Verse > Anthologies > William Stanley Braithwaite, ed. > The Book of Restoration Verse
William Stanley Braithwaite, ed.  The Book of Restoration Verse.  1910.
By Abraham Cowley (1618–1667)

UNDERNEATH this myrtle shade,
On flowery beds supinely laid,
With odorous oils my head o’erflowing,
And around it roses growing,
What should I do but drink away        5
The heat, and troubles of the day?
In this more than kingly state,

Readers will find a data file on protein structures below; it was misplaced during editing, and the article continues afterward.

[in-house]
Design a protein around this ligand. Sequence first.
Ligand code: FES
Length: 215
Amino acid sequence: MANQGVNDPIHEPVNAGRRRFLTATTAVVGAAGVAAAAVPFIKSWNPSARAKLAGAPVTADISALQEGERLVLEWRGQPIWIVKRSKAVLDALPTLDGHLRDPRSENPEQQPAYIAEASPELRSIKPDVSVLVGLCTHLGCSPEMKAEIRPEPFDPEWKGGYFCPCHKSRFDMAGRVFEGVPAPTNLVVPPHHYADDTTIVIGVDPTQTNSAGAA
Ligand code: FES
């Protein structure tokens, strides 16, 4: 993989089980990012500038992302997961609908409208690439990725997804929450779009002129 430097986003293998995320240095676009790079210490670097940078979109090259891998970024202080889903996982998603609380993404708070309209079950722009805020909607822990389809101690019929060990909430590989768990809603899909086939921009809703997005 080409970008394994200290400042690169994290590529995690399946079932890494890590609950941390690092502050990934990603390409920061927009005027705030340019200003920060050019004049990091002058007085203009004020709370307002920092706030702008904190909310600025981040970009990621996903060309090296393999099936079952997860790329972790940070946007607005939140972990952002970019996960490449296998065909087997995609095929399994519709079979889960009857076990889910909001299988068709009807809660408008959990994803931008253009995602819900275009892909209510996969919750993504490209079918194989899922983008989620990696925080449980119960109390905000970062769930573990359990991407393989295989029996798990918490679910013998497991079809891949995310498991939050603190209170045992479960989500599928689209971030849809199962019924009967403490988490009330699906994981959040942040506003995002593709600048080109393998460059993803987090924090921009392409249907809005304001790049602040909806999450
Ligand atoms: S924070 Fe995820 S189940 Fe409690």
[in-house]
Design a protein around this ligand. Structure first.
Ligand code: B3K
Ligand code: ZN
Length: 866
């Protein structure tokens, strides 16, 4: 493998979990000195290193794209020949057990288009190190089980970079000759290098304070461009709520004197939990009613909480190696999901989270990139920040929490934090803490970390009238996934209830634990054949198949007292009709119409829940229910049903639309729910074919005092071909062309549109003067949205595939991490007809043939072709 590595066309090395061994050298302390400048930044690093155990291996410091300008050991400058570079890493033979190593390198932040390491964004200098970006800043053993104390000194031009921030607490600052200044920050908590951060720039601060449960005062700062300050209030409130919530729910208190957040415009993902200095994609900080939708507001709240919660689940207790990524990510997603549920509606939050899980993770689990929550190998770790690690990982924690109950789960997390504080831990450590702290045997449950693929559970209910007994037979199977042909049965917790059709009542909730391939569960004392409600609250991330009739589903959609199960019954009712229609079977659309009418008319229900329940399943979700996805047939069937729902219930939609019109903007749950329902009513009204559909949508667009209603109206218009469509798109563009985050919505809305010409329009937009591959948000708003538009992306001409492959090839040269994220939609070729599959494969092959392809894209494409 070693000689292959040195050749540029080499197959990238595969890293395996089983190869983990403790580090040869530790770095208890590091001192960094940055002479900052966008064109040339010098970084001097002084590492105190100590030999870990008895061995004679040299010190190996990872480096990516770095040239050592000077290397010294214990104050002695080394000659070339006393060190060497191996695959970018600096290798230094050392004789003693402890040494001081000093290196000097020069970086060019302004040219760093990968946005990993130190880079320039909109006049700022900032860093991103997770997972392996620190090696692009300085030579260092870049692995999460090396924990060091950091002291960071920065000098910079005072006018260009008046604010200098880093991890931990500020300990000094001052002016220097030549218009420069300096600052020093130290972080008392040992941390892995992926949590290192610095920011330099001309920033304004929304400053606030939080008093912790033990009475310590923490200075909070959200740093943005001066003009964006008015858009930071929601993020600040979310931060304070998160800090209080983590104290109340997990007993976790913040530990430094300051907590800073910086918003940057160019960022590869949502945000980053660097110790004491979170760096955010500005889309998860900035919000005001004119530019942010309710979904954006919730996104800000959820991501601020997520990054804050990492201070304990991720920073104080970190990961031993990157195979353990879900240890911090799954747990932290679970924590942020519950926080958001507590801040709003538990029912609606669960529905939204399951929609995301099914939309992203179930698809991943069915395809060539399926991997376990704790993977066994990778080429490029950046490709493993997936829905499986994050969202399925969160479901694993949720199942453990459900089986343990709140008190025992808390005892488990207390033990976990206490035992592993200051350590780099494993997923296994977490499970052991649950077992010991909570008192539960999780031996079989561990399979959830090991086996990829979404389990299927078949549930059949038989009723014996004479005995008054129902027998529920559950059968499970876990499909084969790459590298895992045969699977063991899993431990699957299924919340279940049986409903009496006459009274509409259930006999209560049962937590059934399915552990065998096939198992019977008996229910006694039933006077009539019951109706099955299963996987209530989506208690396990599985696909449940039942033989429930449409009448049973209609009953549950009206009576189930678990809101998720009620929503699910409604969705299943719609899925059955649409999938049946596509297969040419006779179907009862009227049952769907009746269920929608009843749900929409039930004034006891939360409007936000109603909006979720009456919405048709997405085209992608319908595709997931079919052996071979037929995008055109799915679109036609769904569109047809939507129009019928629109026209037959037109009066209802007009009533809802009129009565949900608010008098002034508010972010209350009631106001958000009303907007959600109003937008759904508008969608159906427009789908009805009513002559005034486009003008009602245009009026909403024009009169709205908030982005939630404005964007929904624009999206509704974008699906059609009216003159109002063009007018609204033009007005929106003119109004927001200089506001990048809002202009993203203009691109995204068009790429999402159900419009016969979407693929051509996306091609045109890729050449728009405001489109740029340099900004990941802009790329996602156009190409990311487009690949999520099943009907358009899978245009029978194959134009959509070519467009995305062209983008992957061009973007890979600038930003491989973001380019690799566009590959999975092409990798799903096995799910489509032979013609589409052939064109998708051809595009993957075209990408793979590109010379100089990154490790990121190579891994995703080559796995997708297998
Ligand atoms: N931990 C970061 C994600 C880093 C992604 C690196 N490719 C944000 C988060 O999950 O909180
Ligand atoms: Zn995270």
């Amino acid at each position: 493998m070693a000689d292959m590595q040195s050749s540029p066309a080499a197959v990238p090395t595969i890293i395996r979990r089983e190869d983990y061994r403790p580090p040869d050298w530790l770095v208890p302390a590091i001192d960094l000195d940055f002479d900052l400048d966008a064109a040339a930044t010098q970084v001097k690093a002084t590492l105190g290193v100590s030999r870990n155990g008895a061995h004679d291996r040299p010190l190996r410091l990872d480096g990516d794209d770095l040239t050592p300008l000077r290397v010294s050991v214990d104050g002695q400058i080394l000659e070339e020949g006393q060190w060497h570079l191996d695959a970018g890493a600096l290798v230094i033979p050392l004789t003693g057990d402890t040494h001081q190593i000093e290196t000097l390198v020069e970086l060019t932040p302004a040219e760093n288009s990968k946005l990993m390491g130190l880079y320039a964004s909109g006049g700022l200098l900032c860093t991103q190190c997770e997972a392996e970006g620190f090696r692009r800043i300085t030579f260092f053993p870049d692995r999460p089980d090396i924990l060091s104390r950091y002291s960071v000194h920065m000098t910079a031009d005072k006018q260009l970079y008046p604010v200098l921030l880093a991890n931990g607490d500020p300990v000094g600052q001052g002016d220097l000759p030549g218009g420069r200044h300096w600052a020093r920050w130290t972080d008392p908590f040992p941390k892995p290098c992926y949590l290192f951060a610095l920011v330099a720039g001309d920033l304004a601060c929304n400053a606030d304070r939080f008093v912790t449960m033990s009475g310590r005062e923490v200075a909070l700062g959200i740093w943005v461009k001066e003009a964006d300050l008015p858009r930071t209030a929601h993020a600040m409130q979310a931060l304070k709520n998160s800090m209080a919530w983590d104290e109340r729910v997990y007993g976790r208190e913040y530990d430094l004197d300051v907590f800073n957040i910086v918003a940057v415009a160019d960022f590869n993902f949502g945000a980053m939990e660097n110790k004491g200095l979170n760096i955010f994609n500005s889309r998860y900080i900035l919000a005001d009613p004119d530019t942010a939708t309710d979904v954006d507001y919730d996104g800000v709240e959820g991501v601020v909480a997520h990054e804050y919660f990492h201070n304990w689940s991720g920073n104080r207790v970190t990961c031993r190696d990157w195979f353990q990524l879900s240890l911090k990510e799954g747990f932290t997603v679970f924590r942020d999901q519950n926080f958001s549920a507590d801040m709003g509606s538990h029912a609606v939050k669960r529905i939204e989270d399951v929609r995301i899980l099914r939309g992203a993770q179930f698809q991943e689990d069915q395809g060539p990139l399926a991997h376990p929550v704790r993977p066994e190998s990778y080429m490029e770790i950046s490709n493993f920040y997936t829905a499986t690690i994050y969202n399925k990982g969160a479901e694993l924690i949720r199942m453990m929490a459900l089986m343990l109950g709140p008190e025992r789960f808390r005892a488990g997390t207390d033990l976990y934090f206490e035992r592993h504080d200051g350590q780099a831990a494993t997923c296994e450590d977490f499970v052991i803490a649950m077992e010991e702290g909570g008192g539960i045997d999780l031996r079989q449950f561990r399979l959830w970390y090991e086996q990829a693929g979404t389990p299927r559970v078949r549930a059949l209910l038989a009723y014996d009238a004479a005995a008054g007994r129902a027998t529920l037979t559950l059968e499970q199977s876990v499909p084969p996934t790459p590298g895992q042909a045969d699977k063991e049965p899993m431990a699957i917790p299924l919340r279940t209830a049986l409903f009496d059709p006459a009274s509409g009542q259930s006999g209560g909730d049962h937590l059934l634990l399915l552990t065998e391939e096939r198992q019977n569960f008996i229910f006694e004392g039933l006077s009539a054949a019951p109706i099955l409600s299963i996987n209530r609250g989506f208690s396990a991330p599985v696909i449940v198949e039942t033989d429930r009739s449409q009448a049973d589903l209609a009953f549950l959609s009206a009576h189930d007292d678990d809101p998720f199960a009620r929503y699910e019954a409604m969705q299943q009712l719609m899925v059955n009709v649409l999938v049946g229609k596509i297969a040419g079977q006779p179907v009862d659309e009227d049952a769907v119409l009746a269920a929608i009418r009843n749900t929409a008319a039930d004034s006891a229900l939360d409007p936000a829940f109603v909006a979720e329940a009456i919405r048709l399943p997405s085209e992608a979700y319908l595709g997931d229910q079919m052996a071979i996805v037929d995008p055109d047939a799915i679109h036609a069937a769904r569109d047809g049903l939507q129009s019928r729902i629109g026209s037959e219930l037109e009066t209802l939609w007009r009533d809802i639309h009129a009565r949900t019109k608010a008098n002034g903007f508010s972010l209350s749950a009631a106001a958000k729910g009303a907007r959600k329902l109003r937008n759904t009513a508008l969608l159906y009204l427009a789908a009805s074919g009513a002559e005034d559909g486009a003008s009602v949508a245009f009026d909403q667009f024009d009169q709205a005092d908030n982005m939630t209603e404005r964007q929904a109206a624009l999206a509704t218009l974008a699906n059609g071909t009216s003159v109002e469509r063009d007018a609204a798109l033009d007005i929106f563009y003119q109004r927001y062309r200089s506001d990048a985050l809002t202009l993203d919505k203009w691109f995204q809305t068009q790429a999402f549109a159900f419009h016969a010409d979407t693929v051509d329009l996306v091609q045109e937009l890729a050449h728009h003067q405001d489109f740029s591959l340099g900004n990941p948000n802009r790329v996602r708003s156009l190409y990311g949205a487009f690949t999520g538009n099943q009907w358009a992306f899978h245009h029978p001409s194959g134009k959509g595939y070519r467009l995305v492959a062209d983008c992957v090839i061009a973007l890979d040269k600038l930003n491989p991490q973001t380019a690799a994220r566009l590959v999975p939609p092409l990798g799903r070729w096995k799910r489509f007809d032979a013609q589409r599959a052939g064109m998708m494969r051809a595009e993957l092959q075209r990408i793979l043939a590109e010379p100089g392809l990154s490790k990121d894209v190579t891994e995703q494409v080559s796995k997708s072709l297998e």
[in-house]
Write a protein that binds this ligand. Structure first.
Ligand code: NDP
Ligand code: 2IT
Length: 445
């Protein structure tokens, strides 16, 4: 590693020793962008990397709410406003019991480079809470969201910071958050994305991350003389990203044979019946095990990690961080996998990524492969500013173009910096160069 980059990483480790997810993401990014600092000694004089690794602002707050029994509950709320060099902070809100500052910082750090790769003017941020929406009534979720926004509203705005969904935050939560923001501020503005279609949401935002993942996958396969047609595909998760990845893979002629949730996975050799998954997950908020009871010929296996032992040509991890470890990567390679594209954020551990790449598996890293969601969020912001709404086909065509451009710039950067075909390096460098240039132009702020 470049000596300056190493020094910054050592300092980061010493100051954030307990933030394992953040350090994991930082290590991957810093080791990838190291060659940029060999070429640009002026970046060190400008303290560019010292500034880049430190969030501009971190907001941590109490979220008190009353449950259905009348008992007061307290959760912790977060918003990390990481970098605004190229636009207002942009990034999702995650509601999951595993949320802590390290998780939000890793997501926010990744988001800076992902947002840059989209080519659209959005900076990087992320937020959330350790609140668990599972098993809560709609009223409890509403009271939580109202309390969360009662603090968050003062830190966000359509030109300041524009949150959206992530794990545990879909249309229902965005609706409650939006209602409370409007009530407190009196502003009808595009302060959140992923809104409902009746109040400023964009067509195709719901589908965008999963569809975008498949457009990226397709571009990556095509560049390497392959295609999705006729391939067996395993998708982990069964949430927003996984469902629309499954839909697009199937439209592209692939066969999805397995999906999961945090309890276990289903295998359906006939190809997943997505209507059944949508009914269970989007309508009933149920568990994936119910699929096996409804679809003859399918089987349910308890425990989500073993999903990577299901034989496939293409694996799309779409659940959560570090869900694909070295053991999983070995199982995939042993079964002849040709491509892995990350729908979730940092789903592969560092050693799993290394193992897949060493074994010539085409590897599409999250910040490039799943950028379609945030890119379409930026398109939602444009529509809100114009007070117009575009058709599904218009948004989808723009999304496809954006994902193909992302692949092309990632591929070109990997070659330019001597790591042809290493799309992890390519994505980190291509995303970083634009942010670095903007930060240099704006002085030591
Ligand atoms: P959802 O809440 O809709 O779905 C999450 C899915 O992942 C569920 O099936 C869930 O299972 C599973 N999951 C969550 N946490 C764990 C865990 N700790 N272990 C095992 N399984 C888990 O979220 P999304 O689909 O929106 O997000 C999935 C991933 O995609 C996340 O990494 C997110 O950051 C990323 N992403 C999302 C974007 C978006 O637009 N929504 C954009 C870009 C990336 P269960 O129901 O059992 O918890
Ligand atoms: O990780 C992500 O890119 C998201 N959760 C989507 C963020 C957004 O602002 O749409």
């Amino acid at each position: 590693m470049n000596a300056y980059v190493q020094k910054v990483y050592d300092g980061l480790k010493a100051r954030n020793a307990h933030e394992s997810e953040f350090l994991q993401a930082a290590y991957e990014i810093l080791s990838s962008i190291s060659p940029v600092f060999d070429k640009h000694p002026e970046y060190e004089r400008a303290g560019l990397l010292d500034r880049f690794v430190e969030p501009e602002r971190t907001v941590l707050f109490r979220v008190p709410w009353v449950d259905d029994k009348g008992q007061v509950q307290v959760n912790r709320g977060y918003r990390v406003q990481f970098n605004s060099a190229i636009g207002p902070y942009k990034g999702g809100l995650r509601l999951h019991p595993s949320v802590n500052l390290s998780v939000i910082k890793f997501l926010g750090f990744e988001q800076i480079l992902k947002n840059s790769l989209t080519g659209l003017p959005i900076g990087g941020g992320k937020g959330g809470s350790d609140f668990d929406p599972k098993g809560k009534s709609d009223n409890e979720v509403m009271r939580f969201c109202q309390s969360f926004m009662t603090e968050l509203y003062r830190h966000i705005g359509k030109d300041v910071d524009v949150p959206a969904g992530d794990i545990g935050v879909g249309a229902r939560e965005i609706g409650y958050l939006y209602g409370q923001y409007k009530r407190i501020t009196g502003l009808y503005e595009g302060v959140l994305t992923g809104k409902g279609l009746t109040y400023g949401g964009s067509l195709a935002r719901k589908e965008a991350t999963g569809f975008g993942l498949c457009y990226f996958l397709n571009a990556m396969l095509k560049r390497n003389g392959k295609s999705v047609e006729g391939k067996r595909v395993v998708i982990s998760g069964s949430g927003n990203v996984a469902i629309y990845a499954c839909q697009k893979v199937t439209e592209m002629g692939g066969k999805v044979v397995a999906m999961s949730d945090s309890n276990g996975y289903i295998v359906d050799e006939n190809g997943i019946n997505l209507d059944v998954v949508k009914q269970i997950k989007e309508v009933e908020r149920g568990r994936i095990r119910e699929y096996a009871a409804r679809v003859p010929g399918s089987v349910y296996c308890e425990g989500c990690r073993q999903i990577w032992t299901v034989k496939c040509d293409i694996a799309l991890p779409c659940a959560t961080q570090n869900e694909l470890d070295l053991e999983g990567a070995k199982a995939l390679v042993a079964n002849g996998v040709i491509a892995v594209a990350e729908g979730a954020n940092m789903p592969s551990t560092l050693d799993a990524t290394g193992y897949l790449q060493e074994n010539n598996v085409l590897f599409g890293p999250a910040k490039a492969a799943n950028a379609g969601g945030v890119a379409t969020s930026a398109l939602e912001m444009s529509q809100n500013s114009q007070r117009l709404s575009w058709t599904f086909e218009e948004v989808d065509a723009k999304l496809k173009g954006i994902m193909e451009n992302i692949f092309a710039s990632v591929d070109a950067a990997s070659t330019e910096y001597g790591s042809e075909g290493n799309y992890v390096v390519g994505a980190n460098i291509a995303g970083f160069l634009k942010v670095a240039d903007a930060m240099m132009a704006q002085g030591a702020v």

Love himself shall on me wait.
Fill to me, Love, nay fill it up;
And mingled cast into the cup,        10
Wit, and mirth, and noble fires,
Vigorous health, and gay desires.
The wheel of life no less will stay
In a smooth then rugged way.
Since it equally does flee,        15
Let the motion pleasant be.
Why do precious ointments shower,
Nobler wines why do we pour,
Beauteous flowers why do we spread,
Upon the monuments of the dead?        20
Nothing they but dust can show,
Or bones that hasten to be so.
Crown me with roses whilst I live,
Now your wines and ointments give.
After death I nothing crave,        25
Let me alive my pleasures have,
All are Stoics in the grave.

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